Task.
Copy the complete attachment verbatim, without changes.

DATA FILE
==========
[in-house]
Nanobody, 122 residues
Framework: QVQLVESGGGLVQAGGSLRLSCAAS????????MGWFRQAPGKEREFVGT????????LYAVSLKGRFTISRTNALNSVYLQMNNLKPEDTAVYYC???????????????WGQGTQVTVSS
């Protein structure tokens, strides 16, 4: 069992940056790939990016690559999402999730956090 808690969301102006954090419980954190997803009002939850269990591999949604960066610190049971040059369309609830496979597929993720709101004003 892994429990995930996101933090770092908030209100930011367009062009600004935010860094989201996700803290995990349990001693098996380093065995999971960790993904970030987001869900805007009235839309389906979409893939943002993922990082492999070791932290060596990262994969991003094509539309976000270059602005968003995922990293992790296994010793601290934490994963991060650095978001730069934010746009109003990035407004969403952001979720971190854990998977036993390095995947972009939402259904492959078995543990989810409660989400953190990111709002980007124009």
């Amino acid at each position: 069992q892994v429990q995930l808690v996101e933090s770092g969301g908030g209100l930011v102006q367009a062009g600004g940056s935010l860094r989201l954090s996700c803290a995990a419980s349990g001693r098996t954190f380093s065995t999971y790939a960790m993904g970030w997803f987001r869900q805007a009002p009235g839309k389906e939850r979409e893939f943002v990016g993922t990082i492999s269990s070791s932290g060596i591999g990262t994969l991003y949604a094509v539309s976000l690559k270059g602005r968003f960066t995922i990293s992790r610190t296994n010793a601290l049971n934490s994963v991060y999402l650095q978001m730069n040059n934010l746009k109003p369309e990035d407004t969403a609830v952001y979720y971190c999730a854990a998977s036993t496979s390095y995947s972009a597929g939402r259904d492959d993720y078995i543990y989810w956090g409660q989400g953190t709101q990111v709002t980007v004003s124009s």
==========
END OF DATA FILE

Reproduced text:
[in-house]
Nanobody, 122 residues
Framework: QVQLVESGGGLVQAGGSLRLSCAAS????????MGWFRQAPGKEREFVGT????????LYAVSLKGRFTISRTNALNSVYLQMNNLKPEDTAVYYC???????????????WGQGTQVTVSS
């Protein structure tokens, strides 16, 4: 069992940056790939990016690559999402999730956090 808690969301102006954090419980954190997803009002939850269990591999949604960066610190049971040059369309609830496979597929993720709101004003 892994429990995930996101933090770092908030209100930011367009062009600004935010860094989201996700803290995990349990001693098996380093065995999971960790993904970030987001869900805007009235839309389906979409893939943002993922990082492999070791932290060596990262994969991003094509539309976000270059602005968003995922990293992790296994010793601290934490994963991060650095978001730069934010746009109003990035407004969403952001979720971190854990998977036993390095995947972009939402259904492959078995543990989810409660989400953190990111709002980007124009």
């Amino acid at each position: 069992q892994v429990q995930l808690v996101e933090s770092g969301g908030g209100l930011v102006q367009a062009g600004g940056s935010l860094r989201l954090s996700c803290a995990a419980s349990g001693r098996t954190f380093s065995t999971y790939a960790m993904g970030w997803f987001r869900q805007a009002p009235g839309k389906e939850r979409e893939f943002v990016g993922t990082i492999s269990s070791s932290g060596i591999g990262t994969l991003y949604a094509v539309s976000l690559k270059g602005r968003f960066t995922i990293s992790r610190t296994n010793a601290l049971n934490s994963v991060y999402l650095q978001m730069n040059n934010l746009k109003p369309e990035d407004t969403a609830v952001y979720y971190c999730a854990a998977s036993t496979s390095y995947s972009a597929g939402r259904d492959d993720y078995i543990y989810w956090g409660q989400g953190t709101q990111v709002t980007v004003s124009s």